E.g., 12/05/2019
E.g., 12/05/2019

Regretted Wins and Regretted Losses

By: Mohamed Hassan (Director of Localization Solutions) - Vocalink Global


07 July 2016

Sometimes you win and sometimes you lose…and sometimes you regret it either way!

Regrets frequently follow the loss of a new business opportunity. However, regrets after winning new business might seem a little strange. Unfortunately, in the language service industry, we’ve all lived to regret winning a new client or large project.

Sometimes we realize right away that the new business isn’t as great as we had expected, and other times the regret can hit us after weeks or months of work. 

Here are some ways we might live to regret new business:

  • Winning a large contract or multilingual localization project while not having the right human resources, domain expertise, capacity, technology, or financial settings.
  • Wining a long-term contract which contains specific restrictive terms and conditions that may negatively affect your business in the future.
  • Not setting up your localization project properly, not asking the right questions, not setting client’s expectations, not agreeing on quality standards, and not defining the right scope causing short- and long-term problems.
  • During the proposal phase, underestimating or misunderstanding the scope or required efforts and costs, as well as not offering the right solutions/services in your proposal.

When an LSP has one or two clients that represent the vast majority of its revenues, it often feels like it must fulfill these clients’ requirements, even if it disagrees with the requirements, or these requirements may not be aligned with the LSP’s service delivery plans. The LSP may be asked to provide languages and/or services or even quality levels that are not part of its scope. Every LSP (really, every company) has their own vision for the future and passion about their profession. LSPs may find that some new business that they were very keen to win are pulling them away from their vision and/or stifling their passion.

When LSPs find out they didn’t win an exciting piece of new business, it’s important not to let regret stop them from analyzing what they might have done different to achieve a different outcome in the future. Here are some ways to help avoid regretted losses.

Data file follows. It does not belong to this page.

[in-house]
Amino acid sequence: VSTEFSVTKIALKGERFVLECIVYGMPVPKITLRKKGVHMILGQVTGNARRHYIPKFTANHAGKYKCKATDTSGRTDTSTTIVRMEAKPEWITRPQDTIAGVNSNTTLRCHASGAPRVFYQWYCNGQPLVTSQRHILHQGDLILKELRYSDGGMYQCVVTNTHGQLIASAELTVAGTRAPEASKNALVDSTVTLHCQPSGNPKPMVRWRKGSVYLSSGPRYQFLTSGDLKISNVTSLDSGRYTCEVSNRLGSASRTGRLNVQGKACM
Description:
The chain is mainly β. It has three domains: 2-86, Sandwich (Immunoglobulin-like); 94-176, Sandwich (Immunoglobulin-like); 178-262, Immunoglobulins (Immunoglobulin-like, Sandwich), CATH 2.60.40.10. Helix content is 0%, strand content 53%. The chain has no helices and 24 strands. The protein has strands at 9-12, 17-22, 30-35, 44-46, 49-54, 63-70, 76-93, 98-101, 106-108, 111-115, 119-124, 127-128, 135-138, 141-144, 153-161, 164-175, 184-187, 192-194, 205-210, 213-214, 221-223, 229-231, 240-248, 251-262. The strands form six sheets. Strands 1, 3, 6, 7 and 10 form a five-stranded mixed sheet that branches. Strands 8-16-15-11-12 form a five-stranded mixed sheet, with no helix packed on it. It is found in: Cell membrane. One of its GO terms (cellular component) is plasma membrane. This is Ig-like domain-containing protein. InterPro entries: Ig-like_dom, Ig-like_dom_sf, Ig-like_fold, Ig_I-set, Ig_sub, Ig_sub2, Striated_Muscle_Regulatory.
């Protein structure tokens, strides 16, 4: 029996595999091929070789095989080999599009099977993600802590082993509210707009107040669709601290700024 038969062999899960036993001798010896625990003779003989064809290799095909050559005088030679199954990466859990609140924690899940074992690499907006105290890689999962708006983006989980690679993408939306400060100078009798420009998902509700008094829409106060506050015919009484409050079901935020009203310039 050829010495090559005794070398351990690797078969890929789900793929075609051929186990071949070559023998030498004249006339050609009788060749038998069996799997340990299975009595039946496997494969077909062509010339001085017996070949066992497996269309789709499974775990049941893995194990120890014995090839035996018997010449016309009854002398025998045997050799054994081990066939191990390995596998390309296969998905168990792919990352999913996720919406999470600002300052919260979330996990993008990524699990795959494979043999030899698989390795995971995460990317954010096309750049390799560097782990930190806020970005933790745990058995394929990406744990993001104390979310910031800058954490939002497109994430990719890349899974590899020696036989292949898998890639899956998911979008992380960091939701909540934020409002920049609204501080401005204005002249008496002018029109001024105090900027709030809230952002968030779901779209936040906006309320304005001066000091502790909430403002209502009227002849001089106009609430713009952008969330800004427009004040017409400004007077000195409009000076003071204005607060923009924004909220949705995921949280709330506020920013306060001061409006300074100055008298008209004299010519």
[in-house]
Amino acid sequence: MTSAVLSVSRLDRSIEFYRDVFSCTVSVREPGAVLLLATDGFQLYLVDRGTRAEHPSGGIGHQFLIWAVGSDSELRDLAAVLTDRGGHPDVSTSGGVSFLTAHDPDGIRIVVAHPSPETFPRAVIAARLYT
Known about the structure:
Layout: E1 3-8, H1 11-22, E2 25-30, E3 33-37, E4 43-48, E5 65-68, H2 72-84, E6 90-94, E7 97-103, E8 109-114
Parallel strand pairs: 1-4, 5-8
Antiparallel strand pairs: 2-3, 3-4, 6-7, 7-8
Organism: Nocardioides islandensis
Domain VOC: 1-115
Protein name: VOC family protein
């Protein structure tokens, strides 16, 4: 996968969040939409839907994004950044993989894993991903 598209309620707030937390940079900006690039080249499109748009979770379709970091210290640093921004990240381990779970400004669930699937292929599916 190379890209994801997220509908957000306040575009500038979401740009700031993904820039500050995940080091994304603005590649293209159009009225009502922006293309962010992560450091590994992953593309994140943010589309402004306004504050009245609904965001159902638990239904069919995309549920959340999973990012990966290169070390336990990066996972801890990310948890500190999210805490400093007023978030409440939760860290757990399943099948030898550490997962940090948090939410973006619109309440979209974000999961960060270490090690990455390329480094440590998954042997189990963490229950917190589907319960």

LSPs should ask themselves..

  • "Were we too conservative? Unwilling to take the right amount risk? Not ambitious enough?” Finding the right balance of risk and reward can help avoid the regretted loss of a big opportunity that could have helped the company take a big step toward the future.
  • “Did we ask the right questions during the proposal process?” When the project scope is not well defined, it’s important to ask the right questions to get at the heart of the client’s needs.  Asking the right questions can help avoid the regretted loss of proposing a solution that doesn’t fit for a specific client or project.
  • “Were there new technologies, systems, and/or services might have helped us win the business?  If so, why didn’t we explore them?” Sometimes management or employees are afraid or reluctant to learn new technologies/systems/services, leading to a regretted loss.
  • “Are we keeping up with changes in industry trends, flexible enough to cope with global requirements, and focusing on planning for the future?” Making sure to stay current will help avoid some potentially major regretted losses – like losing market share or even an entire business.

Regret can be painful especially when results from wrong business decisions. Avoidance is possible by evaluating all opportunities thoroughly against capabilities and plans, then deciding whether to pursue the project; sign a contract or not; chase an opportunity or not.

It is advisable to:

  1. Check whether the project or client are aligned with your current and future plans, as well as your vision and passion.
  2. Realistically evaluae whether you have the capacity to successfully complete the project (human resources, financials, technology, skill set).
  3. Always be open to learn, share knowledge, and take justified risk. The globalization business is powerfully dynamic and requires extreme agility. 

There are many moving pieces to manage during any sales cycle, but heeding the guideposts listed above will help your team avoid some of the regretted losses, and also the regretted wins.

 

Trusted by organizations to create international language solutions for over 18 years, Mohamed Hassan has worked with top tier brands across the world. His expertise in the field has helped hundreds of clients globalize and localize their products, services and brands for different cultures, creating the ultimate native experience.